Back to my personal definition of English tanka. Add to “five phrases on five lines” that use of a pivot line is a very useful (but not mandatory) technique. The most popular modern Japanese tanka poet, Machi Tawara (“Salad Anniversary”) has proposed two other criteria for tanka that I believe are very useful but still not mandatory. First, she notes that virtually all tanka are written in the first person. Second, she suggests that a tanka cannot convey a whole story, it must be the “middle of the story.” I think that even in English tanka, the majority written are in the first person, whether explicitly or tacitly. The resemblance of tanka to personal journal entries has long been noted. But not all are such, at least in English. Likewise, the “middle of the story” criterion is usually true, but there are poems where it is hardly applicable. Both are good rules of thumb to remember and to use when they will work well.


Tanka may be beautifully lyrical poems, often about love, loss, longing, and similar aspects of our emotional lives, sometimes making a connection between some aspect of nature and some aspect of human nature (usually, emotions). We need not limit the subject matter or style of tanka so narrowly. Many styles and subjects have yet to be explored in tanka, and should be. Social criticism surely works in the tanka form, for just one example.


There is a category or subset of tanka, satirical tanka called “kyoka.” It means “mad poems.” This is a similar relationship to that of haiku and senryu in some poets’ opinion, making a split between natural and human subjects. Tanka are really mainly about human subjects, so it does not work, in my opinion. I believe that the original kyoka were ‘anti-tanka,’ the flip side of the genre of tanka which cannot exist without true tanka to reflect in a distorted mirror. I surmise that the same process that led to non-haiku spinoffs, like haiku noir, and accidentally included many senryu, is beginning for tanka with the rising interest in kyoka, per se. However, tanka has a larger palette with a broader spectrum of colors than does haiku and does not need a senryu-like shadow version. I think kyoka, no matter how satirical or rude, are a variety of tanka.


Other than defining English tanka as an untitled, unrhymed quintain, little more can be said without fear of contradiction. We can say that English tanka are free verse insofar as they need not be metrical, but tanka can be written in, e.g., iambic lines. The length is no problem for meter; just consider limericks. We can say that they are lyrical, but very objective, unemotional tanka could be written. Some poets are distressed by the difficulty in defining more specifically the English tanka. I am not. I see it as an artifact of tanka’s immensely wide palette, with a broad spectrum of colors, tones, and moods. It seems to me that the simple definition “five phrases on five lines,” when modulated by deep study of fine tanka, both Japanese tanka in translation and modern English tanka, by expertise in English poetics generally, and by the proper disposition to write within the tanka tradition, even while stretching its limits with innovation, is enough definition. More mandatory rules would be unduly restrictive on poetic creativity and innovation. In another context, I have written: “It is a delicate balance that one must strike. One must not discard the past in ignorance, but one also must not be constrained by the past. One must assiduously study the rules of poetics and then ignore them. The rules of poetics are not for writing the poem; the rules are for forming the craft of the poet. Every time a poet puts pen to paper, poetry is reinvented – or should be!”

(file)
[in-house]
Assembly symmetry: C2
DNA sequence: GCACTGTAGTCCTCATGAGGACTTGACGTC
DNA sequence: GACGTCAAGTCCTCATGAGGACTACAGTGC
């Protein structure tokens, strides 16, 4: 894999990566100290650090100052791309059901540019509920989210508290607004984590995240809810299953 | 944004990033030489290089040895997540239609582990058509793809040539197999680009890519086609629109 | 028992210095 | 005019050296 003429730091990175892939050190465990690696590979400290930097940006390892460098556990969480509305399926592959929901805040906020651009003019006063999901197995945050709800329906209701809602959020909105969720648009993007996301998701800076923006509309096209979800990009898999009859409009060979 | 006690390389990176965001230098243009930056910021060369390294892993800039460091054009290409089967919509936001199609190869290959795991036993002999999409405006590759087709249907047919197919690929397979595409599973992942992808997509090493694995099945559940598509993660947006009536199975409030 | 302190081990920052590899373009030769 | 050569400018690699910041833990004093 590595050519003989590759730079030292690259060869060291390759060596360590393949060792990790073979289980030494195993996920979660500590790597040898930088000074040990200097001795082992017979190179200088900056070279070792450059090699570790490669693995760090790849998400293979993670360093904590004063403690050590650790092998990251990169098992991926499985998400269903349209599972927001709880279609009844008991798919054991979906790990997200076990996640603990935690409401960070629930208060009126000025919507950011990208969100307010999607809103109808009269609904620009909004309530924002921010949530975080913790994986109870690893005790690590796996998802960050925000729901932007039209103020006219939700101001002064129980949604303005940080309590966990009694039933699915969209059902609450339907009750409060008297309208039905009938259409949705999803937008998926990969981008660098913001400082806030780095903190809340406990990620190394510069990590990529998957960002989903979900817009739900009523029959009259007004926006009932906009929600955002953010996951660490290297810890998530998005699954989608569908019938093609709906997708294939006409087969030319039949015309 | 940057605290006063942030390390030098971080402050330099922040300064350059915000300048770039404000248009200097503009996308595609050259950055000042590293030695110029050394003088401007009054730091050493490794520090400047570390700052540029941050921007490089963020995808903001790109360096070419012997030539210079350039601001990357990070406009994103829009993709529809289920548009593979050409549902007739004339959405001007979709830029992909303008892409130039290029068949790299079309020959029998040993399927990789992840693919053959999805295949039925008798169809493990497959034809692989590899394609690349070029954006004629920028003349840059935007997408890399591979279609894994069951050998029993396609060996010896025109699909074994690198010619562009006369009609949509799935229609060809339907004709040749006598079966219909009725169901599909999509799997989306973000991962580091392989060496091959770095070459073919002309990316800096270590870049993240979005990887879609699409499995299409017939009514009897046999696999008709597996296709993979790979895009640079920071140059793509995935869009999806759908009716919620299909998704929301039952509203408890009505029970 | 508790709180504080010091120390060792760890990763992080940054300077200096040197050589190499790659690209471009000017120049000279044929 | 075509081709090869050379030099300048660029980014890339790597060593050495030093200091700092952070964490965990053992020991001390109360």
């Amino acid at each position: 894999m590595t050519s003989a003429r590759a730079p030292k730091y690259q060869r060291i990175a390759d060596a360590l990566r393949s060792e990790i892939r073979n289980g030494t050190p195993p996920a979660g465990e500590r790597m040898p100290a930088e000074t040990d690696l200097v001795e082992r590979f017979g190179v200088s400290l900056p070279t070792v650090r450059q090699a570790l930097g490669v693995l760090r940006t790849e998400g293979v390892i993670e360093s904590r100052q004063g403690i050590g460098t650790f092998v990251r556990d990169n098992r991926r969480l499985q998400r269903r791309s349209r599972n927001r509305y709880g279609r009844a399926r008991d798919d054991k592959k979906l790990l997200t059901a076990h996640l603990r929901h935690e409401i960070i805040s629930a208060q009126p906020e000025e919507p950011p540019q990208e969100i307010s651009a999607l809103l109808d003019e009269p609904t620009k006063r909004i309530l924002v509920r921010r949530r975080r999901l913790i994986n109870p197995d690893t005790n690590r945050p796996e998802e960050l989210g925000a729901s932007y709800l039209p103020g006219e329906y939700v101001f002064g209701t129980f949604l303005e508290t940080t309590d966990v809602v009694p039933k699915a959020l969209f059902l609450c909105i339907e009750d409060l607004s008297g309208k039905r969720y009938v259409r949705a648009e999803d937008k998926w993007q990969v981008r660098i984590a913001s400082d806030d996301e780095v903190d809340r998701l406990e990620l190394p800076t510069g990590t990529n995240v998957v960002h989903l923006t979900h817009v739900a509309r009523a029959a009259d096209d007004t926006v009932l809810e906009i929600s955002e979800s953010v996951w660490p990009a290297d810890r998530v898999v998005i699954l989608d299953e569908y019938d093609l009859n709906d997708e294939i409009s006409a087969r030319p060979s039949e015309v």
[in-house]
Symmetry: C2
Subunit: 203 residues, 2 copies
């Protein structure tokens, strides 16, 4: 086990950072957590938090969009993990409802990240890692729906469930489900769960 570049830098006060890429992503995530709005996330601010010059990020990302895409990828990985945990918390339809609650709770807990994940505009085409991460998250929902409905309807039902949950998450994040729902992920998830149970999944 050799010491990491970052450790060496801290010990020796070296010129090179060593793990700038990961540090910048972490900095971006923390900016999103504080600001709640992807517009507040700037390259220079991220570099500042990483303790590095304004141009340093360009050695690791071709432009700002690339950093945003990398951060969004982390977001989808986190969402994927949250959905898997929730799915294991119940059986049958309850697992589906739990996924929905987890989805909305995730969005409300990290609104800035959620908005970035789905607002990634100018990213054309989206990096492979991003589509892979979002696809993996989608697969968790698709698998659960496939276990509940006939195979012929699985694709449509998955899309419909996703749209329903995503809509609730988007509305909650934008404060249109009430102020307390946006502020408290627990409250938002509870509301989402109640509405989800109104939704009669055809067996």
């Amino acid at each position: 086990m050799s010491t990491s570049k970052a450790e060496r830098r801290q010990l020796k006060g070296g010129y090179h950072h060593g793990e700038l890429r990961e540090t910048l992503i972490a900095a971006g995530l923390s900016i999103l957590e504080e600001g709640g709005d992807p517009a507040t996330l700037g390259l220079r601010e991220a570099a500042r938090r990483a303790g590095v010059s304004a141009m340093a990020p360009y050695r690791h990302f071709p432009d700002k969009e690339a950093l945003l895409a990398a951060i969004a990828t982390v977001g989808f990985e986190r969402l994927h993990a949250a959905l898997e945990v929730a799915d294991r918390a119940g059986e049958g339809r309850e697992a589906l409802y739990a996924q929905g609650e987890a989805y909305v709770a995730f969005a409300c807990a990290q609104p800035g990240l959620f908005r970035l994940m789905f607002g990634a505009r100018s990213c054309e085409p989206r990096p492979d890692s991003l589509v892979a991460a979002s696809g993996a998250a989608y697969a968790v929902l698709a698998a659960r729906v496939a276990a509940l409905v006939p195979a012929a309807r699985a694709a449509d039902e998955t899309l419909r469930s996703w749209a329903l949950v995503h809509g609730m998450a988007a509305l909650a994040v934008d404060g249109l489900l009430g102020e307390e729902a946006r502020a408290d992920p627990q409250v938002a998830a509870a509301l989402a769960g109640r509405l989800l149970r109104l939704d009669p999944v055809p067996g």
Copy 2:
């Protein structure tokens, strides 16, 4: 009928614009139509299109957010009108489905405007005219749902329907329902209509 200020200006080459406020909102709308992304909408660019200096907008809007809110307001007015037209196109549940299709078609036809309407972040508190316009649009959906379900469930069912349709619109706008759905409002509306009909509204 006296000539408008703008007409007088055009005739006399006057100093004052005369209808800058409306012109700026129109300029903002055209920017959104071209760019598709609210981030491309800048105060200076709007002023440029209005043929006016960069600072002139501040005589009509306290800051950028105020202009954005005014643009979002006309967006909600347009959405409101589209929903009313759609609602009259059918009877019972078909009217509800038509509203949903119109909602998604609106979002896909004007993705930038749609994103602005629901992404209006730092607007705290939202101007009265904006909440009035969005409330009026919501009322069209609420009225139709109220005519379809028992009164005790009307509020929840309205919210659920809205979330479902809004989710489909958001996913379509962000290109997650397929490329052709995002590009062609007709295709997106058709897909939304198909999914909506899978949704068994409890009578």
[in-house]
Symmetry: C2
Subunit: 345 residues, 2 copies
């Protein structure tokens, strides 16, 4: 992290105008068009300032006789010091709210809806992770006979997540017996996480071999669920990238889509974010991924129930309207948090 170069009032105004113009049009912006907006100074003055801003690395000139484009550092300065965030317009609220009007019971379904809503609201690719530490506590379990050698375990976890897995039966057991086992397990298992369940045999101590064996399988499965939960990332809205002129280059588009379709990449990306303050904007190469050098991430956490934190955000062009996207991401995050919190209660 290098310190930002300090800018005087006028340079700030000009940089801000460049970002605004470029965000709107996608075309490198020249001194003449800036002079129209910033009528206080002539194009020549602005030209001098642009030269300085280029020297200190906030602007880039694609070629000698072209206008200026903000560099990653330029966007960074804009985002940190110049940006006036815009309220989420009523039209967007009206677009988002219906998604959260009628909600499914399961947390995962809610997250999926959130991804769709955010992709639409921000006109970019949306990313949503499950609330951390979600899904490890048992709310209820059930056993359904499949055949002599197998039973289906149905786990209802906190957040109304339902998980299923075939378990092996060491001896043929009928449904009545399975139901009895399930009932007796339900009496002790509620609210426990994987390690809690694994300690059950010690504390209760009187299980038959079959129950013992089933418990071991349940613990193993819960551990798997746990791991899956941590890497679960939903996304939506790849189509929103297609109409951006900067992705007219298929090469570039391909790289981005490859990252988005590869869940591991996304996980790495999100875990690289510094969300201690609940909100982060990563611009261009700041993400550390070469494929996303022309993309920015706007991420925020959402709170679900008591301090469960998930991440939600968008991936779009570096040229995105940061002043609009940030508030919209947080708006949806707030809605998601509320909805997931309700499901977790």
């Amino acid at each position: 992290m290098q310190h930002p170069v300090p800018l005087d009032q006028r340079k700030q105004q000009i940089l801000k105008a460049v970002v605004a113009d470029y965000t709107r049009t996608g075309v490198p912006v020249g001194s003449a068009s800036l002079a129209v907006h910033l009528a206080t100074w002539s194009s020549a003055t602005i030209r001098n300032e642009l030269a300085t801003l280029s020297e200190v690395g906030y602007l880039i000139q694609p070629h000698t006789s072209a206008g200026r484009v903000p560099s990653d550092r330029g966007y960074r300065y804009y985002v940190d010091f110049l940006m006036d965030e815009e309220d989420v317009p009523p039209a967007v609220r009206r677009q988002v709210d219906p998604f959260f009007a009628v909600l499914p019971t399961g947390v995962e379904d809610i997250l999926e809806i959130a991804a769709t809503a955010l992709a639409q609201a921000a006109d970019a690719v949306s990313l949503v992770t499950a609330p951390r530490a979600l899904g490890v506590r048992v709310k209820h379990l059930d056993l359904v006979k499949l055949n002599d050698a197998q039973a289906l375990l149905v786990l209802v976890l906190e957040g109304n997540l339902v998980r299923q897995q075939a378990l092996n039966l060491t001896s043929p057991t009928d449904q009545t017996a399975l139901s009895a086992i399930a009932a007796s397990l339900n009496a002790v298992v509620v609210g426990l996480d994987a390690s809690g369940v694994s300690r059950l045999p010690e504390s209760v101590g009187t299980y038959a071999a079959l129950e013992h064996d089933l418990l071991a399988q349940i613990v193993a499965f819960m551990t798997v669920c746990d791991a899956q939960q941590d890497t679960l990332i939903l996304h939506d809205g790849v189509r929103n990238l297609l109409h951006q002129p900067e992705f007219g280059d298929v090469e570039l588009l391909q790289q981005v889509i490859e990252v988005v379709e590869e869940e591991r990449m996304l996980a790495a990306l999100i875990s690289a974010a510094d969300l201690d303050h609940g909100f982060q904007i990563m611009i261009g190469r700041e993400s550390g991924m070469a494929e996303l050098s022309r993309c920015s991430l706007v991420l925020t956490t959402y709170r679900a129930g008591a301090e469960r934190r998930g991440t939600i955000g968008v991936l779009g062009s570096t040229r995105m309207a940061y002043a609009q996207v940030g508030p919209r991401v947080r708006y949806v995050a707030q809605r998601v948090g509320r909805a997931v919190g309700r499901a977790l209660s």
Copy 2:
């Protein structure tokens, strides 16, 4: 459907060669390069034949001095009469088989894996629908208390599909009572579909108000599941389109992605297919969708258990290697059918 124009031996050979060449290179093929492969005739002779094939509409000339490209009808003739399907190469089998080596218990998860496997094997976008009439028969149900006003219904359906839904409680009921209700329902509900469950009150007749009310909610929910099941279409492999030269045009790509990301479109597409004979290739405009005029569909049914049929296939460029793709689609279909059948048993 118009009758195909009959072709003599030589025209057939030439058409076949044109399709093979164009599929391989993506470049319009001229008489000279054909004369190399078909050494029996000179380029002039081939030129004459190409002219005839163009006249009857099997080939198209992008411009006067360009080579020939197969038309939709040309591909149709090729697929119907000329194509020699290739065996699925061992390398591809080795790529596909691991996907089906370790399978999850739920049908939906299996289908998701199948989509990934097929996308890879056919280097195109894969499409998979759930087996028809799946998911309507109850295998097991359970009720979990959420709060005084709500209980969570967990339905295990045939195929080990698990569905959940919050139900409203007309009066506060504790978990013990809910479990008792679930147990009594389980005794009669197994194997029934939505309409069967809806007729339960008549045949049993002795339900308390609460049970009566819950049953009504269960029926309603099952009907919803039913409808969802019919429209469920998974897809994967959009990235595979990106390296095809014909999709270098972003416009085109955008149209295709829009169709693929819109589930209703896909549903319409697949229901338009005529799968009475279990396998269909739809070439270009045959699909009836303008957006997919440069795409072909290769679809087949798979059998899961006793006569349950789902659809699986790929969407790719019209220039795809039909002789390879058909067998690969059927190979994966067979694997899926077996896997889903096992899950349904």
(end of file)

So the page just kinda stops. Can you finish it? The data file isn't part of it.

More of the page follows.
Now, do you know the definition of English tanka? NO! But you do know my definition of it, and you have a fair summary of some other prevailing opinions on tanka’s definition. So, now you have enough context to begin your own studies, to begin forming the only opinion that ultimately matters—your own.

— Denis M. Garrison


This document was first published online in 2006 at This document is version 2. August 10, 2007, published in TANKA TEACHERS GUIDE, 2007.
Copyright © 2007 by Modern English Tanka Press. Baltimore, Maryland, USA.
This work is licensed under a Creative Commons Attribution-No Derivative Works 3.0 United States License.
To view a copy of this license, visit